If you’ve been in the healthcare industry for a while, opening your own private medical practice may feel like the ultimate dream. You have the experience, you’re beginning to grow weary of following the higher-ups, and you’re ready to work in an environment where you can run things your own way.
While it may seem like a tempting idea, starting your own medical practice is quite the undertaking. Taking matters into your own hands can be challenging and frustrating; in fact, physicians are choosing to open small private practices less and less with only 30% reporting to the Survey of America’s Physicians that they identify as private practice owners or partners.
Do you still think a private practice may be in your future? Let’s take the guesswork out of the process by exploring some key factors to consider before starting your own medical practice.
Why Should I Open My Own Medical Practice?
There are many reasons why you would choose to open your own private practice rather than become an employee of a larger health organization. If you’re a medical professional searching for a specialized job, let’s discuss a few reasons why you may want to open your own practice one day to share those specific skills with your community.
The “be your own boss” culture is continuing to grow, and the healthcare industry is no exception. When you open your own practice, you are no longer beholden to the higher-ups and can make your own choices and operate as you choose (within reason and following medical ethics).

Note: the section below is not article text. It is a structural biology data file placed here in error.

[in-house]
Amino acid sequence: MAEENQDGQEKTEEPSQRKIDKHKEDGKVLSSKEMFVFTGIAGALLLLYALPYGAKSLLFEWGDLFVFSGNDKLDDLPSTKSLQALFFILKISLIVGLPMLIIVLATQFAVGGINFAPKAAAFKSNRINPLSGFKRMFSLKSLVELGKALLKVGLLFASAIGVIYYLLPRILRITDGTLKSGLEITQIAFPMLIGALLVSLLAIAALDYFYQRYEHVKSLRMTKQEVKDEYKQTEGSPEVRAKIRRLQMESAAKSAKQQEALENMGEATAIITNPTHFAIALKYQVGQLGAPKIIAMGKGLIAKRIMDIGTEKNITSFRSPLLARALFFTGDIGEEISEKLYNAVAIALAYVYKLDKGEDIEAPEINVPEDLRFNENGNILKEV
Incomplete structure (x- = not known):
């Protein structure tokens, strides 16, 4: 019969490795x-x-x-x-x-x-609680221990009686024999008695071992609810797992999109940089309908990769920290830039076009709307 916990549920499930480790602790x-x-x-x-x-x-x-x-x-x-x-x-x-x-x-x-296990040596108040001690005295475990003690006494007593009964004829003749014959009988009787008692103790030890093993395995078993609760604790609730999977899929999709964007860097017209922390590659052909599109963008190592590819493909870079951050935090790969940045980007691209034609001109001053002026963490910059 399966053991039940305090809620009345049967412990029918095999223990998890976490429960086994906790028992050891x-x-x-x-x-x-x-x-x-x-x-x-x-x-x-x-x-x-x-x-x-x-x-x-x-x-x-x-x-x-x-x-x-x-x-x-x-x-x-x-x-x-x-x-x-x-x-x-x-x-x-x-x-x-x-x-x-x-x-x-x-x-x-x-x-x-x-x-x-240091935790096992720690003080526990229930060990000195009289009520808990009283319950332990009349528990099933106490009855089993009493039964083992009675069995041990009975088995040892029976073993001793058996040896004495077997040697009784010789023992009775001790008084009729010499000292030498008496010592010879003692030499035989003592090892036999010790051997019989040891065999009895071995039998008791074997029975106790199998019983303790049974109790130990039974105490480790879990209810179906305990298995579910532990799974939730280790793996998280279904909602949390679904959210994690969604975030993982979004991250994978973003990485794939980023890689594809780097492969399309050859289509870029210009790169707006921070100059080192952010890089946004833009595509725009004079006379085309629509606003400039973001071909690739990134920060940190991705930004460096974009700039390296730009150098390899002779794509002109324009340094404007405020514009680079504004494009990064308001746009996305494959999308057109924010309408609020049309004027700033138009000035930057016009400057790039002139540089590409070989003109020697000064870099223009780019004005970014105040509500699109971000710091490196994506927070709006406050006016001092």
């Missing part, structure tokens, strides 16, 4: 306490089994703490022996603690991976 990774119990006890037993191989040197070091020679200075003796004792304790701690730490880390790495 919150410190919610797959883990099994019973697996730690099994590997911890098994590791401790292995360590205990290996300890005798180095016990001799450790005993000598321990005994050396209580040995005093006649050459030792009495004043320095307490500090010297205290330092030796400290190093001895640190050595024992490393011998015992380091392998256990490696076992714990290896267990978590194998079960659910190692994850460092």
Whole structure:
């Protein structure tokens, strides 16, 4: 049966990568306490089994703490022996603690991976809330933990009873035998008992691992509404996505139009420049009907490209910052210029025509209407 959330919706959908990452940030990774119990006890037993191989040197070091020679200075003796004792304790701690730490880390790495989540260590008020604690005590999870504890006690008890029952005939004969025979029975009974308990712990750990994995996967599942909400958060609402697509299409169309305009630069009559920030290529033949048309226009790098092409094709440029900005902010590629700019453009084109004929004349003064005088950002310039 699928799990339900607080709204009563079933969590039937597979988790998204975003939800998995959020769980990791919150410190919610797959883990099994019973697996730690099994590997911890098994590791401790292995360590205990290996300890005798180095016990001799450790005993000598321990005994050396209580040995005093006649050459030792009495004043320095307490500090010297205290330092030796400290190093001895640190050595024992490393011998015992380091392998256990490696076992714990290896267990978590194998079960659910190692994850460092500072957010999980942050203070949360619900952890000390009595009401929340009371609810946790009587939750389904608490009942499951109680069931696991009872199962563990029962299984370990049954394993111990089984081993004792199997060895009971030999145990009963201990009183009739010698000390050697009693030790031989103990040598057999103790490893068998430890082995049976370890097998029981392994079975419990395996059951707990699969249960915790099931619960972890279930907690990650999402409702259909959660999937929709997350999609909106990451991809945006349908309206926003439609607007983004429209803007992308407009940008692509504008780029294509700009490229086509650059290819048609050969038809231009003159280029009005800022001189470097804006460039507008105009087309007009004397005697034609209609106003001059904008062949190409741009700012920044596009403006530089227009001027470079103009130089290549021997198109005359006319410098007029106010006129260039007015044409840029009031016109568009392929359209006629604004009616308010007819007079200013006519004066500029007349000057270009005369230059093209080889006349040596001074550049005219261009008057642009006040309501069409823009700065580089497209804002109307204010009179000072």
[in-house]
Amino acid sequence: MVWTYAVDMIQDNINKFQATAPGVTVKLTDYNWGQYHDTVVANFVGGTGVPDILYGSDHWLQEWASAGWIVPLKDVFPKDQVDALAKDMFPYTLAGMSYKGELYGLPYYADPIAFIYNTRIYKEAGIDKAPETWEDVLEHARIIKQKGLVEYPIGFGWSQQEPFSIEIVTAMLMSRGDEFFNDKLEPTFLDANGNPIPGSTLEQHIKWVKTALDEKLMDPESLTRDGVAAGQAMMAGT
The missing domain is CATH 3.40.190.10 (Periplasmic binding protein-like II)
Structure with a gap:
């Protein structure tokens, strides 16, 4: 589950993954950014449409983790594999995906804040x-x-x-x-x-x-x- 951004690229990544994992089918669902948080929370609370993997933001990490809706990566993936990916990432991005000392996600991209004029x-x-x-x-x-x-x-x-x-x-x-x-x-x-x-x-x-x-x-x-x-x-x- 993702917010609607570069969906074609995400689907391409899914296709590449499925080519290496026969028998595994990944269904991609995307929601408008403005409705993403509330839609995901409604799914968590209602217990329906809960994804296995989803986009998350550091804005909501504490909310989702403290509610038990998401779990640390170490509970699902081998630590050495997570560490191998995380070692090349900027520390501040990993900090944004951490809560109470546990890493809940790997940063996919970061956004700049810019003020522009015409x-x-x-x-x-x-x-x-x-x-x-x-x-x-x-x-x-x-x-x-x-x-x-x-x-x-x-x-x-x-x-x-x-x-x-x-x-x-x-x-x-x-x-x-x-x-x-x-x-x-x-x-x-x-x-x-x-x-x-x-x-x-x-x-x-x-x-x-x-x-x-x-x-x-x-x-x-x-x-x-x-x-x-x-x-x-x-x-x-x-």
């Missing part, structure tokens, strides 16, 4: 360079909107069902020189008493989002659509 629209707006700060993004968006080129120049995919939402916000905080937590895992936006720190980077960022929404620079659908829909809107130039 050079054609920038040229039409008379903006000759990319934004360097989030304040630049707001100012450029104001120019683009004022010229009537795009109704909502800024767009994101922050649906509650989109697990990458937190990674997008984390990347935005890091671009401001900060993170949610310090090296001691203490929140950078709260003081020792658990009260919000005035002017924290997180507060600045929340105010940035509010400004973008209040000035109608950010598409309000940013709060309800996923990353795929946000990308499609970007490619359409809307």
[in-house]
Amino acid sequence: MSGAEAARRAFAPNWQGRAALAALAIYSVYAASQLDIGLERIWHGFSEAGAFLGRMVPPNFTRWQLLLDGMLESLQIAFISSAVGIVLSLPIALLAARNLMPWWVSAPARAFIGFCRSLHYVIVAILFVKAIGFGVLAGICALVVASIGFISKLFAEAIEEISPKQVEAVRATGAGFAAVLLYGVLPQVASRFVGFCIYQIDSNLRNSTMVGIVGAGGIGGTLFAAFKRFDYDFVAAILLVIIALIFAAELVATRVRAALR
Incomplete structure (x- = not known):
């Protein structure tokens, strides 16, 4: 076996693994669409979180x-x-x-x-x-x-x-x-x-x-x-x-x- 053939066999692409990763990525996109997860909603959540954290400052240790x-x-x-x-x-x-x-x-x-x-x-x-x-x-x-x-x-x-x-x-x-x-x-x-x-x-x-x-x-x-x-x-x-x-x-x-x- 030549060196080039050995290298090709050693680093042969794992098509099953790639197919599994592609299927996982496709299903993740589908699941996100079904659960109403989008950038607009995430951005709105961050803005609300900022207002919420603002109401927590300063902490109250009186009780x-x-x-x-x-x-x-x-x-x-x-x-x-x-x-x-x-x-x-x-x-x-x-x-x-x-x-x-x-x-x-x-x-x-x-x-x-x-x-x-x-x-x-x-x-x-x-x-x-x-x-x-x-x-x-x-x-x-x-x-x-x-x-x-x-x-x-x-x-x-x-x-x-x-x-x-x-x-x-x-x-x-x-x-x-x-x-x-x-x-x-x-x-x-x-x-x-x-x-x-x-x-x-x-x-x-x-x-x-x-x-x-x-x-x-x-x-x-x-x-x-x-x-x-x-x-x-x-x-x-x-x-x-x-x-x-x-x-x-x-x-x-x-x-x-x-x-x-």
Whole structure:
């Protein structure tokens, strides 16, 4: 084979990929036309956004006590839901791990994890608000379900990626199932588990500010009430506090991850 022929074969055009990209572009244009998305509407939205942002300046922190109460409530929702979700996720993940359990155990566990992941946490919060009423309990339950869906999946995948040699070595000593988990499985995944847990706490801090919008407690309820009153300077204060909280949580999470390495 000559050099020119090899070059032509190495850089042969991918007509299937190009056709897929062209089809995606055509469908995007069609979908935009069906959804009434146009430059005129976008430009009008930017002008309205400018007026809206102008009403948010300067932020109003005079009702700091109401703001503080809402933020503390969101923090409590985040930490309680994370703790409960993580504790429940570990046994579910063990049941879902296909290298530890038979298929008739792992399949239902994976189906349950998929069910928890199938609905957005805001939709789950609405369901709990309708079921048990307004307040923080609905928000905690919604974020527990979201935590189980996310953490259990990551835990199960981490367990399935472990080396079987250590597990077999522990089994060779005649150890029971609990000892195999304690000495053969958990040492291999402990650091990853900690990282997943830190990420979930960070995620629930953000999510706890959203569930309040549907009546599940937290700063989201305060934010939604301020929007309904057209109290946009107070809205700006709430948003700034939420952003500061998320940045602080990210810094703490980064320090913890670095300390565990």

When you open your own practice, you can create your own schedule. While the medical field is a notoriously demanding career path with no plans to change, the ability to create flexibility within your week is a tempting reason to open your own practice.
3. Distribution of Profits
When you join a larger organization, you become part of the few healthcare institutions and big-name hospitals that have a monopoly on both care and profits. When you open a small private practice, you’re creating more competition and thus a wider distribution of profit across the community. Additionally, your private practice may give a smaller community better access to medical care.
Types of Private Practices To Consider
Now that you’re convinced that you want to pursue a career in healthcare and open a medical practice someday, let’s discuss the different types of private practices for you to consider. You don’t necessarily have to be alone to open a private practice; consider opening a group practice or joining a hospital-owned network.
In this practice, you are truly flying solo and taking the majority of responsibilities. While you’ll have the flexibility and full control of day-to-day operations, you are also taking the majority of the risk. Like opening any new business, it will be expensive and you’ll be working long hours both treating patients and running your new enterprise.
This refers to a practice that is private but part of a hospital-run network. You won’t have as much flexibility, but you also won’t have the risk and expenses associated with a solo practice. Additionally, you’ll have use of the hospital’s resources.
Group Practice is exactly what it sounds like, and unlike solo practice, you’ll be sharing responsibilities with other medical professionals. You’ll have a lower initial cost and the burden of work hours can be distributed between the group as you see fit.
Opening your own medical practice can give you autonomy and flexibility while creating a new health resource for your community. While being your own boss may sound wonderful, starting a private practice is challenging and expensive, and may not be for everyone.
Whether you choose to open a solo medical practice, become a useful part of a hospital network, or remain an employee of a larger health organization, the most important factor is that you continue to uphold your ethical standards, help those in need, and find joy in your career.